Social Indicators Research

, Volume 141, Issue 2, pp 631–655 | Cite as

Identifying the Components of Social Capital by Categorical Principal Component Analysis (CATPCA)

  • Nasir Saukani
  • Noor Azina IsmailEmail author


Social capital is a promising concept, widely used by social science researchers in analysing factors that contribute to the persistence of various economic issues. Unfortunately, the search for the best way to define, measure and classify the appropriate components that constitute this intangible form of capital is far from complete. Generally, data on social capital are qualitative in nature (mostly of the nominal and ordinal types) and encompass a large number of variables. This challenges the researcher to find the best way to reduce these data to a small number of composites to be used as a proxy of measurement in further analysis. Although principal component analysis (PCA) is considered an appropriate method and has been widely adopted in past studies, the requirement that data must be at the numeric measurement level, as well as the assumptions of linear relationships between variables, might hinder the use of PCA in working with social capital data. Categorical principal component analysis (CATPCA) is a more flexible alternative, suitable for variables of mixed measurement levels (nominal, ordinal, and numeric) that may not be linearly related to each other. Based on theory and past studies, questionnaires have been constructed and fieldwork has been carried out to gather data on social capital in Malaysia. Later, using CATPCA, 42 potential variables were identified to represent components of social capital. Final results indicate that after withdrawing 9 variables with bad fits, CATPCA has categorized the balance of 33 variables into four dimensions of social capital. These dimensions can be described by 5 principal components, which have been identified as influence of spirituality and culture, benefits from interaction with friend, trusted person during financial difficulties, benefits from financial aid receive and benefits from involvement in association. The first component represents culture/spirituality, the new dimension created by this study to address social capital from the perspective of a developing country. The second, third, fourth and fifth components are in line with the consensus reached by scholars and advocates regarding the elements or components of social capital. The second and fifth actually fall under the rubrics of the social relation/networks dimension while the third and fourth under trust and norms.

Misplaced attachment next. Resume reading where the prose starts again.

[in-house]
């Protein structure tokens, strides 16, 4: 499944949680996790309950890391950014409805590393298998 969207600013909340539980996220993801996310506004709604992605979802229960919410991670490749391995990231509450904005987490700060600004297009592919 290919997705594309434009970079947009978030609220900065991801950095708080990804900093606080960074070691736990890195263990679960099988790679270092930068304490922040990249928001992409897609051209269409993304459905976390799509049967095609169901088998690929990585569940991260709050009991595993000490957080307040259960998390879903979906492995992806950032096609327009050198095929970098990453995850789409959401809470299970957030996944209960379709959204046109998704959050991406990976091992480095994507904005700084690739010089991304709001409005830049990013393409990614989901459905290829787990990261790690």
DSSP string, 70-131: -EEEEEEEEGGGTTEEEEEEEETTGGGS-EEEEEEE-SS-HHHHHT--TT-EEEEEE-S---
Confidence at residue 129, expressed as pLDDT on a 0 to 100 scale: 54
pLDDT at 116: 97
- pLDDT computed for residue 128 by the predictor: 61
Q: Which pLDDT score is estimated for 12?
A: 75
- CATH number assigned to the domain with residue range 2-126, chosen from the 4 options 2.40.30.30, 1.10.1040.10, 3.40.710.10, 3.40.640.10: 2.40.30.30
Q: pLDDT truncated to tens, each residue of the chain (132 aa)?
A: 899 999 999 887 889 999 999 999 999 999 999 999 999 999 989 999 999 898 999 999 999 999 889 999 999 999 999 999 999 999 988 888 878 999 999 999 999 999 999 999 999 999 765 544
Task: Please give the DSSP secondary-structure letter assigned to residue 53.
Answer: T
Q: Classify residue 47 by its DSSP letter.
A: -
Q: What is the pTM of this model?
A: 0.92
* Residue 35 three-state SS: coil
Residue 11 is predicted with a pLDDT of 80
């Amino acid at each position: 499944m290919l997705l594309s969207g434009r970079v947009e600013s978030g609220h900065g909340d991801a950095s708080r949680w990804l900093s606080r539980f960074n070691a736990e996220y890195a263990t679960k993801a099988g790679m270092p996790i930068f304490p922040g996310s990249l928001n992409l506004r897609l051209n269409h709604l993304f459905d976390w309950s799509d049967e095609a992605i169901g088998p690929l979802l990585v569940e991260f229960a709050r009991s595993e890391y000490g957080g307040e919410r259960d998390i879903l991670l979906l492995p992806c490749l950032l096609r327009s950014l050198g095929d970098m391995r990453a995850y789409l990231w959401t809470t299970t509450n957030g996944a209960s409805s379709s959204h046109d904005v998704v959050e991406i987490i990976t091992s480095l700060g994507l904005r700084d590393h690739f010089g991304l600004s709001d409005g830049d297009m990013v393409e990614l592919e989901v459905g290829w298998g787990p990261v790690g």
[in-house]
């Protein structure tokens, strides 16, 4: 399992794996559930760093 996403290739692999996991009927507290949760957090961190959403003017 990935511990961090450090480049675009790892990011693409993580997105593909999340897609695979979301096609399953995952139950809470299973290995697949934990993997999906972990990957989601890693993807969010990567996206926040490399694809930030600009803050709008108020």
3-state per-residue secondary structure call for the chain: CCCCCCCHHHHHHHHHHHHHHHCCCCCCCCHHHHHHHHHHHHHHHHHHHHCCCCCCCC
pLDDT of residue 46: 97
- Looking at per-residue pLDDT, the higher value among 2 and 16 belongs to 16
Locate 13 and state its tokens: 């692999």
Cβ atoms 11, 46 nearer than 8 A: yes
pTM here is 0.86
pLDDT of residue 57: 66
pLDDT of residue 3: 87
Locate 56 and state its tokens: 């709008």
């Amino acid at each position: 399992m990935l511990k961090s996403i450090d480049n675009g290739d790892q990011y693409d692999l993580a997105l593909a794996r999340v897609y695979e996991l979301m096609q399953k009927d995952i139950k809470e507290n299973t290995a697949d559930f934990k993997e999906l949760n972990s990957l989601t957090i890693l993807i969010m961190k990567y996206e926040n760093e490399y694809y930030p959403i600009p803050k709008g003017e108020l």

Social capital Categorical principle component analysis (CATPCA) Social interaction or relation Trust Norms Influence of spirituality and culture 


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© Springer Science+Business Media B.V., part of Springer Nature 2018

Authors and Affiliations

  1. 1.School of Economics, Faculty of Economics and ManagementNational University of MalaysiaBangiMalaysia
  2. 2.Department of Applied Statistics, Faculty of Economics and AdministrationUniversity of MalayaKuala LumpurMalaysia

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